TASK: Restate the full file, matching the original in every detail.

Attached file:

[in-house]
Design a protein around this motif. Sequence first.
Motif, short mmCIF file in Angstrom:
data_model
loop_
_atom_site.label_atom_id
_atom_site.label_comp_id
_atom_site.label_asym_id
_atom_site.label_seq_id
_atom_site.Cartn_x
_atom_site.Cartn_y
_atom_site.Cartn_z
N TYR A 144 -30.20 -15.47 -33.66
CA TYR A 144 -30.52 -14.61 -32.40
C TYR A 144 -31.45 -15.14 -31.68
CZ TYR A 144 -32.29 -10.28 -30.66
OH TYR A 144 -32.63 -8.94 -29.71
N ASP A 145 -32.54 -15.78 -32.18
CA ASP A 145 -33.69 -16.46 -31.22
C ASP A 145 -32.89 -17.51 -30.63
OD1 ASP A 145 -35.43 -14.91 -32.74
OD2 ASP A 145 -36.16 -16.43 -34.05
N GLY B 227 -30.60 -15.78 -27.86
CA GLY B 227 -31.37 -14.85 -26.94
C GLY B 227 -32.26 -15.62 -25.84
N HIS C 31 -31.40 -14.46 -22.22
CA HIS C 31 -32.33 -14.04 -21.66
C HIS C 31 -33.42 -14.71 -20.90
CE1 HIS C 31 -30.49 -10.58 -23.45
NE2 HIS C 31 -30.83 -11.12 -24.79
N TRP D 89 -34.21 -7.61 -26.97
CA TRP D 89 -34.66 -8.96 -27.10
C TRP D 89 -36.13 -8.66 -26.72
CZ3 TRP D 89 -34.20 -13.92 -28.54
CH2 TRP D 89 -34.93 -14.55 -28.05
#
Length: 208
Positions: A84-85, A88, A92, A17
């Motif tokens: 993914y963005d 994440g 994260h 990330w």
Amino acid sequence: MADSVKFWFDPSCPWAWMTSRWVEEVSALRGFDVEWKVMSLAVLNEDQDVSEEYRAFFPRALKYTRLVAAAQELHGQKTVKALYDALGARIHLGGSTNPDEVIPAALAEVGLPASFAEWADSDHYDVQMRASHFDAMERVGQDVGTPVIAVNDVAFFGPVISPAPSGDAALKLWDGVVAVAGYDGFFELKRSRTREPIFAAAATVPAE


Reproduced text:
[in-house]
Design a protein around this motif. Sequence first.
Motif, short mmCIF file in Angstrom:
data_model
loop_
_atom_site.label_atom_id
_atom_site.label_comp_id
_atom_site.label_asym_id
_atom_site.label_seq_id
_atom_site.Cartn_x
_atom_site.Cartn_y
_atom_site.Cartn_z
N TYR A 144 -30.20 -15.47 -33.66
CA TYR A 144 -30.52 -14.61 -32.40
C TYR A 144 -31.45 -15.14 -31.68
CZ TYR A 144 -32.29 -10.28 -30.66
OH TYR A 144 -32.63 -8.94 -29.71
N ASP A 145 -32.54 -15.78 -32.18
CA ASP A 145 -33.69 -16.46 -31.22
C ASP A 145 -32.89 -17.51 -30.63
OD1 ASP A 145 -35.43 -14.91 -32.74
OD2 ASP A 145 -36.16 -16.43 -34.05
N GLY B 227 -30.60 -15.78 -27.86
CA GLY B 227 -31.37 -14.85 -26.94
C GLY B 227 -32.26 -15.62 -25.84
N HIS C 31 -31.40 -14.46 -22.22
CA HIS C 31 -32.33 -14.04 -21.66
C HIS C 31 -33.42 -14.71 -20.90
CE1 HIS C 31 -30.49 -10.58 -23.45
NE2 HIS C 31 -30.83 -11.12 -24.79
N TRP D 89 -34.21 -7.61 -26.97
CA TRP D 89 -34.66 -8.96 -27.10
C TRP D 89 -36.13 -8.66 -26.72
CZ3 TRP D 89 -34.20 -13.92 -28.54
CH2 TRP D 89 -34.93 -14.55 -28.05
#
Length: 208
Positions: A84-85, A88, A92, A17
């Motif tokens: 993914y963005d 994440g 994260h 990330w």
Amino acid sequence: MADSVKFWFDPSCPWAWMTSRWVEEVSALRGFDVEWKVMSLAVLNEDQDVSEEYRAFFPRALKYTRLVAAAQELHGQKTVKALYDALGARIHLGGSTNPDEVIPAALAEVGLPASFAEWADSDHYDVQMRASHFDAMERVGQDVGTPVIAVNDVAFFGPVISPAPSGDAALKLWDGVVAVAGYDGFFELKRSRTREPIFAAAATVPAE